Between Localization and Ergodicity in Classical and Quantum Systems
Can we describe conventional Statistical Physics isolated systems with large number of degrees of freedom? Can such systems reach a thermal state being decoupled from the thermostat? One can think about two limiting cases: (*) integrable systems which are characterized by a conservation law per each degree of freedom and (*) completely chaotic ergodic systems, which in contrast with the integrable ones do thermalize. According to the Kolmogorov-Arnold-Moser (KAM) theorem weak enough violation of the integrability does not lead to the qualitative change of the system behavior. However several examples, such as e.g. Solar System, suggest that thermalization (ergodicity) is not restored even far from the KAM region. Quantum analog of the KAM behavior is Many Body Localization of the eigenstates of the system in the Hilbert space. The laws of the Statistical Physics based on the Gibbs equipartition postulate are obviously inapplicable in the MBL state. However it turns out that delocalization does not immediately produce the ergodic state of the system. It looks like there exists the intermediate regime with the quantum states that are neither localized nor extended and ergodic.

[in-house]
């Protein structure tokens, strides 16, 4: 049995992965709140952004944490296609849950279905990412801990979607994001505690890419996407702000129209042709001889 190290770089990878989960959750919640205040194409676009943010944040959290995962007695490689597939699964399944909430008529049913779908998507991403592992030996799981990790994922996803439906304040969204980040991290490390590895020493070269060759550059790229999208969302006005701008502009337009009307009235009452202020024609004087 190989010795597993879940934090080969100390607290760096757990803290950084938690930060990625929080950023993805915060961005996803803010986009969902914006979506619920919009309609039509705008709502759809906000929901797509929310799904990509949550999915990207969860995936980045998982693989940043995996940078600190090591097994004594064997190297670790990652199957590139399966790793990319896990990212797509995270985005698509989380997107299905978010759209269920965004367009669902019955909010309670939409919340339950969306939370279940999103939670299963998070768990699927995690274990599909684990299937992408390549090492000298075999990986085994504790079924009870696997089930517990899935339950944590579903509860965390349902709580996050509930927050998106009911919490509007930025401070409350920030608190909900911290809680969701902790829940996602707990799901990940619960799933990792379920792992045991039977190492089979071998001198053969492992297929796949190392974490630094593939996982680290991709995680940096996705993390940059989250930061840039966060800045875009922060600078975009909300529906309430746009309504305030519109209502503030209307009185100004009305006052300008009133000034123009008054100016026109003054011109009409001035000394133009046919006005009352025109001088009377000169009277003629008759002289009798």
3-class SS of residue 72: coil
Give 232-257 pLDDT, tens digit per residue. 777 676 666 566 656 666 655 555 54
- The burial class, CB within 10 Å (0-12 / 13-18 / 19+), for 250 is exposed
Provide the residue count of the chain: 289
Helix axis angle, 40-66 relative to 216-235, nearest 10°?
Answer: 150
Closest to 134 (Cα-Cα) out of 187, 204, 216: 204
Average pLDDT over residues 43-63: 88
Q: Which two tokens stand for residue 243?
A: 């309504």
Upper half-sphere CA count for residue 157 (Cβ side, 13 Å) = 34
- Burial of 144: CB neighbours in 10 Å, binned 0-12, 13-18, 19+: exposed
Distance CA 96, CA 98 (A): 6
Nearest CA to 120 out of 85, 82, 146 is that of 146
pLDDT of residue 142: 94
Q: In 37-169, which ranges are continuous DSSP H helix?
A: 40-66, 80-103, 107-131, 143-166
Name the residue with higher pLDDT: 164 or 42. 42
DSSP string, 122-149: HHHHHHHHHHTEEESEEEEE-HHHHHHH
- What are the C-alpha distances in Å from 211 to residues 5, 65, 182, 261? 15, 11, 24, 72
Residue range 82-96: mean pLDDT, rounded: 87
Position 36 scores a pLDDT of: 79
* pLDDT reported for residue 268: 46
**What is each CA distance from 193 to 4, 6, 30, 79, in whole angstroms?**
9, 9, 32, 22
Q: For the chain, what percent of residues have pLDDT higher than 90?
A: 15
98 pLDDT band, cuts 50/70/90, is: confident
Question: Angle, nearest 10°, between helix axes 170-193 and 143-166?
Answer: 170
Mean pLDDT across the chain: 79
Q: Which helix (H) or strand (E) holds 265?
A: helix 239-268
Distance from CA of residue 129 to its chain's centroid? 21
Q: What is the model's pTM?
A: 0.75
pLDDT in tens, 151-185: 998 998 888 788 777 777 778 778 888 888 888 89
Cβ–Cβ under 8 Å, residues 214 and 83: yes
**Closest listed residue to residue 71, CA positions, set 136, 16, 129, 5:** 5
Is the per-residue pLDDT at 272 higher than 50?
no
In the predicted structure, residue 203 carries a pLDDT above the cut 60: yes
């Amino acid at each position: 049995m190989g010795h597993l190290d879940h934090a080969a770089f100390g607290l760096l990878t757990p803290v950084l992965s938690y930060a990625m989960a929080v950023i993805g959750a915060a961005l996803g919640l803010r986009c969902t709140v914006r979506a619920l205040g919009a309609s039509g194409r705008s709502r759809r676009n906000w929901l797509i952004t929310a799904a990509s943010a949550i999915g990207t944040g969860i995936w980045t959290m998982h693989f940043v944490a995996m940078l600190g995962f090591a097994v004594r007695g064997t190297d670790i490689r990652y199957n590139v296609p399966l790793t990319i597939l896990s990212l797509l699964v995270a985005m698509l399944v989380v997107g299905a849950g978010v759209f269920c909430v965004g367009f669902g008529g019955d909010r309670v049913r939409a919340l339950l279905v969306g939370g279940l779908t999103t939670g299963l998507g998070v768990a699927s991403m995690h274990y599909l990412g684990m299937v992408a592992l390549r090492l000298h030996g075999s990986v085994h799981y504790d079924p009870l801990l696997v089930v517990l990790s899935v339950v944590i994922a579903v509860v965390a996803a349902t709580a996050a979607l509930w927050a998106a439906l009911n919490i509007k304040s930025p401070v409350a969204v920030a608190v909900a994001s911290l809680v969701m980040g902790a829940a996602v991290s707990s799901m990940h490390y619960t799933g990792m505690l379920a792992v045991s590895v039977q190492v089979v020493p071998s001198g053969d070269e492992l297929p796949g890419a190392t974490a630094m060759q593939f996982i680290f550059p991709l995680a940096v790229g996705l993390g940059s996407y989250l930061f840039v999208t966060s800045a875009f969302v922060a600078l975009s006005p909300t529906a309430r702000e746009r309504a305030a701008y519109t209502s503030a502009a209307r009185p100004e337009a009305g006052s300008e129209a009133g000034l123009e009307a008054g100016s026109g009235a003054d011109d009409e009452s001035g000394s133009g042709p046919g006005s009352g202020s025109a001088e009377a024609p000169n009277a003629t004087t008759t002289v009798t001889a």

I will present the arguments in favor of the existence of this extended non-ergodic phase with multifractal eigenfunctions and discuss several examples of quantum and classical non-ergodic behavior.